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Data compression in large tables in MS SQL server

Do you know that you can compress data while using MS SQL 2008 or any later version? Compression is available for now in SQL Server 2008 or 2012 Enterprise and Developer edition.

This type of compression reduces the size of the table by at least of 25% and more. It also depends on how big your table is.

When you deal with TB(s) of data and you have a RAID setup in your dedicated server for your data with 5 SCSI HD you may want to make sure that you are not running out of disk space. For best performance I still use SCSI HD with 15000 RPM.

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Compression can allow more rows to be stored on a page, but does not change the maximum row size of a table or index.

MS SQL data compression provides another great benefit, since compressed data is stored in fewer pages and therefore, queries need to read fewer pages from the disk and thus, improves the performance of I/O intensive workloads. However, some additional CPU resources are required on the database server to compress and decompress the data, while data is exchanged within the application. That additional resource based on my experience is not that significant at all. I am using 2 CPUs in my server and it works just fine.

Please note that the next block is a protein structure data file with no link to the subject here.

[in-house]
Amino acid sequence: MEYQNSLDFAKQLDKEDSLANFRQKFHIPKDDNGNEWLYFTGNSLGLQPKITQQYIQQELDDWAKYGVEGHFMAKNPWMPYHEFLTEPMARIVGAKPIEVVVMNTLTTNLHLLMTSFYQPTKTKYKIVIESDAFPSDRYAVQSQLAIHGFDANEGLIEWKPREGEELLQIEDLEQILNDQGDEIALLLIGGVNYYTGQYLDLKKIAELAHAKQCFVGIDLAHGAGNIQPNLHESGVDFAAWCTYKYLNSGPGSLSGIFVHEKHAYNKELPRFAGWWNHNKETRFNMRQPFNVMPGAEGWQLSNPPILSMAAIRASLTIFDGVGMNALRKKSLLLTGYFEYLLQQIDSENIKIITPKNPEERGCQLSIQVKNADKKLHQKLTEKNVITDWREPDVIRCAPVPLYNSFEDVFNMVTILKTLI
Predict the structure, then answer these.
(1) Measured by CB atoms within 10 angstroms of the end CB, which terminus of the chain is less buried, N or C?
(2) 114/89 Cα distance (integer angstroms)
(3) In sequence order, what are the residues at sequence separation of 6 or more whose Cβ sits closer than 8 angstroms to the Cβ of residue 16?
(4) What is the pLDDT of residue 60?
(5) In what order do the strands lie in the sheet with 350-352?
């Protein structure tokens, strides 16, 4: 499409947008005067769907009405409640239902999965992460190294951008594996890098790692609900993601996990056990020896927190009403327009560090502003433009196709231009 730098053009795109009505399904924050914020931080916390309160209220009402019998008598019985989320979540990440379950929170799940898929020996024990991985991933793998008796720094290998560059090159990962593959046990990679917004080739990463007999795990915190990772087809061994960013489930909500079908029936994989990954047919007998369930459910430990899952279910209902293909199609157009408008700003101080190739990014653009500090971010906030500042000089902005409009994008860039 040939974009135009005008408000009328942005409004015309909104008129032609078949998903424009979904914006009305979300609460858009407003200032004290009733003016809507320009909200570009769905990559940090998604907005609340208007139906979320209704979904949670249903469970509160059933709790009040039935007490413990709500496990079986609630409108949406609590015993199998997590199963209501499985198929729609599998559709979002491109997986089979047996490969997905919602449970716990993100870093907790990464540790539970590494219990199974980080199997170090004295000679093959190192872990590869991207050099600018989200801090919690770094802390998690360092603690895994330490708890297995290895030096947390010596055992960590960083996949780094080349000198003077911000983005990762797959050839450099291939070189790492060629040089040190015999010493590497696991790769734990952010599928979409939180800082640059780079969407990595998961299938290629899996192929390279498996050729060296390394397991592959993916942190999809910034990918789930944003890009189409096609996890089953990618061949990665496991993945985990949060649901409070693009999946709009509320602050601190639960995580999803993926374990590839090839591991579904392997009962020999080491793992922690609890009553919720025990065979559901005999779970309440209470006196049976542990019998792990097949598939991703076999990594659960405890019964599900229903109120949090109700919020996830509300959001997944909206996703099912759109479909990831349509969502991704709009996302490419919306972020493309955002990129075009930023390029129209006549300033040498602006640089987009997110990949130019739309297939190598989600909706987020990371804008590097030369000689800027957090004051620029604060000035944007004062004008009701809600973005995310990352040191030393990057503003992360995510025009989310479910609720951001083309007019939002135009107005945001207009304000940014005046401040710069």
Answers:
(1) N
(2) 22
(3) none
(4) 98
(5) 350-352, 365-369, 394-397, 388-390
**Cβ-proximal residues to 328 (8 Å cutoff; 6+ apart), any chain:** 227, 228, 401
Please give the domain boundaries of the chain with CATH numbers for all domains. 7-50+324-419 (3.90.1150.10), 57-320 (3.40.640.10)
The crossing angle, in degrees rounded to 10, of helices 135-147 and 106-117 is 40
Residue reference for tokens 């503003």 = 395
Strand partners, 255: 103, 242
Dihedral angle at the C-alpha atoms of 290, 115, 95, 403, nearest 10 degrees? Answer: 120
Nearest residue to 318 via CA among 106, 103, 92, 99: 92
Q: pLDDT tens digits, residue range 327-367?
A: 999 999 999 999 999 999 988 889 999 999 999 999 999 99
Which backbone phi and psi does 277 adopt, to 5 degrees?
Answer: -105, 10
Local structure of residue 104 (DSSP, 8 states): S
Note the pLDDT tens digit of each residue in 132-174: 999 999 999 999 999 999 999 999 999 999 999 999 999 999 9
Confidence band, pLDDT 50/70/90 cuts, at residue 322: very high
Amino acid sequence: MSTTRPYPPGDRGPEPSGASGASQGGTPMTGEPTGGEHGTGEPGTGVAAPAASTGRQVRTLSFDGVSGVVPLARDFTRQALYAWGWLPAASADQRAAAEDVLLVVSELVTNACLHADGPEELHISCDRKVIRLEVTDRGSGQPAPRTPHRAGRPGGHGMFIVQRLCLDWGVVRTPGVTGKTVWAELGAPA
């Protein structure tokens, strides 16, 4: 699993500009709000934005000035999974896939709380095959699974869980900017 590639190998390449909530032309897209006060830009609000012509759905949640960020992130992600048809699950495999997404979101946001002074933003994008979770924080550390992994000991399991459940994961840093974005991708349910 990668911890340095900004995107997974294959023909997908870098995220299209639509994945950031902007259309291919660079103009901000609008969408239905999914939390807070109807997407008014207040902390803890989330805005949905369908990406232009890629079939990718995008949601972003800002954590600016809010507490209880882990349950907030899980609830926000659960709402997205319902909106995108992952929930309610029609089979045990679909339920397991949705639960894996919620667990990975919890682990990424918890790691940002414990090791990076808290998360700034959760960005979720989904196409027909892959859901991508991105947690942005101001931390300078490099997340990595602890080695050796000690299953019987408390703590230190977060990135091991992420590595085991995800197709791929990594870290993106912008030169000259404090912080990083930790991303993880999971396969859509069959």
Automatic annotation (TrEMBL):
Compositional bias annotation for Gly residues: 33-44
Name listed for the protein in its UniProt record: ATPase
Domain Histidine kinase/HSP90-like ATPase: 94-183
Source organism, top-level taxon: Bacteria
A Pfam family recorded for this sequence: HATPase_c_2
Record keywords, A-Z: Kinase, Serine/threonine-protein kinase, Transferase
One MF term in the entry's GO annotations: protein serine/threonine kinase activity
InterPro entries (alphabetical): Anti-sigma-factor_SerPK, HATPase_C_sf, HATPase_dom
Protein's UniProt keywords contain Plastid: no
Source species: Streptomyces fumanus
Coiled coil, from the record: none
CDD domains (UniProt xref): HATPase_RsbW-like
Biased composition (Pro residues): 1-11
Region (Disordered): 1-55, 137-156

In my case since I work with large amount of data and use PAGE compression. Row Compression helps to store data more efficiently while using 4 bits per compressed column to store the length of the data in the column. NULL and 0 take no additional space

Page compression works better for me since it is performing Row Compression plus optimizes the storage of multiple rows in a page, and this way minimizes the data redundancy.

To compress indexes, you must explicitly set the compression property of the indexes. By default, the compression setting for indexes will set to NONE when the index is created.

On a PAGE compression, a compressed index which could be clustered or non- clustered, the leaf level pages are compressed as PAGE, but no leaf pages are ROW compressed.

The leaf level is the data of the table. It is composed of data pages. All columns of the tables are stored for every row of the table.

No Leaf level - are composed of index pages.

Let's run the below stored procedure to see what will be the savings when compressing a 44,058.422 table which is 44GB.

--Using the PAGE compression 
USE Users 
GO 
EXEC sp_Estimate_Data_Compression_Savings NULL, 'Users', NULL, NULL, 'PAGE' ; 
GO

See this link: for the this stored procedure named: sp_estimate_data_compression_savings (Transact-SQL)

The results shows 1 record only and the column named: Sample_size_with_requested_compression_settings(KB) has the value of 27816 which was a savings of 16242.422 KB. That is %36.87 and it was calculated in here: 1 - (27816/44058.422) * 100 = %36.87

Now let's create a compressed clustered index on the Users table and see the actual size of the table. Pay attention that I added the the DATA_COMPRESSION = PAGE at the end of the index script.

CREATE UNIQUE CLUSTERED INDEX Users_PK ON dbo.Users